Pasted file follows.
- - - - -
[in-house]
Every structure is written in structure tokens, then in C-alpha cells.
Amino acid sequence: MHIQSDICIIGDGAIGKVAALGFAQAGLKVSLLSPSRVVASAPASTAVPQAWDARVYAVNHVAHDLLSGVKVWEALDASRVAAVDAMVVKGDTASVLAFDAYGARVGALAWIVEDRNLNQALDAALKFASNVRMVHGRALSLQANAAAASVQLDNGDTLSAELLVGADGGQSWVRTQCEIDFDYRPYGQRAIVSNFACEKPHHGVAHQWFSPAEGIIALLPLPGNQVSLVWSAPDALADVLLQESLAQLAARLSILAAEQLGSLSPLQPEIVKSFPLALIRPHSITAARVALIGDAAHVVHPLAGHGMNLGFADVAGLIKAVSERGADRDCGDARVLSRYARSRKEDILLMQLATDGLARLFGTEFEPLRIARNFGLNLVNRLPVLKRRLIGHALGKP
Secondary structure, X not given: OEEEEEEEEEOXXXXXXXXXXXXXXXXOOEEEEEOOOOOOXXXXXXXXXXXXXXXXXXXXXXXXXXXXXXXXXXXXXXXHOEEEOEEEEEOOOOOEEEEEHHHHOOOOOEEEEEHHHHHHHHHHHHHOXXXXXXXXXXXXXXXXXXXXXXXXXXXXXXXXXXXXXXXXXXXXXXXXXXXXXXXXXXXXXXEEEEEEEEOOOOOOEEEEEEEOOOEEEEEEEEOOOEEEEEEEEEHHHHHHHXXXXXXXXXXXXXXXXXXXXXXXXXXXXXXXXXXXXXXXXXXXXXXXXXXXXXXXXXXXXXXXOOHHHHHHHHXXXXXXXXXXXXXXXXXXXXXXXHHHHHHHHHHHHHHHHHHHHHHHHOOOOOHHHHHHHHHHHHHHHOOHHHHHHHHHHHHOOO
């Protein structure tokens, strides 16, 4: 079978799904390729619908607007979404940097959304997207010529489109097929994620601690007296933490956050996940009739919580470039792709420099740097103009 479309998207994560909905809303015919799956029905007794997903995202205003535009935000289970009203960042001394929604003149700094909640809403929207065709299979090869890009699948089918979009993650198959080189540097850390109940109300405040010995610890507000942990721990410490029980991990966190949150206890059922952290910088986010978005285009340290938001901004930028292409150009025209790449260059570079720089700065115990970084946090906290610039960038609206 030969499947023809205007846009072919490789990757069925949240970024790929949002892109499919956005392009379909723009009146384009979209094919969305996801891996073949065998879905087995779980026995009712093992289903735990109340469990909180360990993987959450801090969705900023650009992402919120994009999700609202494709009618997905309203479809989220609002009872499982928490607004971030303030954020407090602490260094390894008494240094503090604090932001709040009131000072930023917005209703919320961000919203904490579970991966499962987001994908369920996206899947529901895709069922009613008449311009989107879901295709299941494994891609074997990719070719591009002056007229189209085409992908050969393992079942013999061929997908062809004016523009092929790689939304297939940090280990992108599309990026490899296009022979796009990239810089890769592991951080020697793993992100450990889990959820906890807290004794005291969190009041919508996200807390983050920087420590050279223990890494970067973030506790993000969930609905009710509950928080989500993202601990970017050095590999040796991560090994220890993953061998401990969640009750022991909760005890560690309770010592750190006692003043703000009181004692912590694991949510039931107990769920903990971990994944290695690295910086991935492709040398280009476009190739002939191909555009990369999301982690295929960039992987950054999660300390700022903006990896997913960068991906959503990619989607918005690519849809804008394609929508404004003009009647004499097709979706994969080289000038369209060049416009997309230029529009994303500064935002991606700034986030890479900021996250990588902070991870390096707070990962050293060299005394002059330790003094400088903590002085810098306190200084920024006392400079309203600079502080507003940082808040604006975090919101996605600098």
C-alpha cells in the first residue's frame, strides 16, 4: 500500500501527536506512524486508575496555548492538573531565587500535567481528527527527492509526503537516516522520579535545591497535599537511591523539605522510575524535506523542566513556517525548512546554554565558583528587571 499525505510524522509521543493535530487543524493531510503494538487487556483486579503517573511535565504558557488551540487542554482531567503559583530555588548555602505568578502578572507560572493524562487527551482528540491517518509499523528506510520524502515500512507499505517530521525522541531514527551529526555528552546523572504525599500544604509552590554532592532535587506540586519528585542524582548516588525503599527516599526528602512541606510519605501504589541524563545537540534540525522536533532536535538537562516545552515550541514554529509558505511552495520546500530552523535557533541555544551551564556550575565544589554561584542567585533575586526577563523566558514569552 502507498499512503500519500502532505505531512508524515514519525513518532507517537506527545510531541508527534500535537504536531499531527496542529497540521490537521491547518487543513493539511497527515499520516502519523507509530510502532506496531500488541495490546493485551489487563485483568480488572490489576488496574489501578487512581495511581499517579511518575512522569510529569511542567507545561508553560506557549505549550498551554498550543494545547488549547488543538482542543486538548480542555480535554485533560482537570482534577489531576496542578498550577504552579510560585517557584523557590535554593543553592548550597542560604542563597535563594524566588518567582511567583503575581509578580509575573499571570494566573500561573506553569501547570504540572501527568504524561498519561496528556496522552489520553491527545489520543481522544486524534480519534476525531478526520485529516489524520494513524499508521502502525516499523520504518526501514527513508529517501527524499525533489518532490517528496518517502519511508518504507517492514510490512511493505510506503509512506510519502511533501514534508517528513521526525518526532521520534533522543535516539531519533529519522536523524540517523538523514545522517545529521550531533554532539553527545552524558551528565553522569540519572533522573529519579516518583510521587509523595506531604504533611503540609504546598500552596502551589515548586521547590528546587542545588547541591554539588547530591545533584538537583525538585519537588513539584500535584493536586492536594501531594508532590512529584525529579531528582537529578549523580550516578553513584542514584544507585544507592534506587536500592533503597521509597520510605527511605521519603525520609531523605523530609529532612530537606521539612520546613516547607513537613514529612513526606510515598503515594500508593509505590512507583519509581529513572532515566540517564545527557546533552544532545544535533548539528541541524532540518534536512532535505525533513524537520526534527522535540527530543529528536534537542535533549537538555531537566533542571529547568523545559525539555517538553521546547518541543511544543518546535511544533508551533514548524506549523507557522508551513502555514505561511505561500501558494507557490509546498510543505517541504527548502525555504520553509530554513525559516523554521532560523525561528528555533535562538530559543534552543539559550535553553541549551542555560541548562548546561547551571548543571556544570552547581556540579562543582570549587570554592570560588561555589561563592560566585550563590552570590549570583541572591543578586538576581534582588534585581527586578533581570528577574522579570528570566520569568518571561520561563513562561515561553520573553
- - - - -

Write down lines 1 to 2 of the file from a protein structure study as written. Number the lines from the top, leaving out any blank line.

[in-house]
Every structure is written in structure tokens, then in C-alpha cells.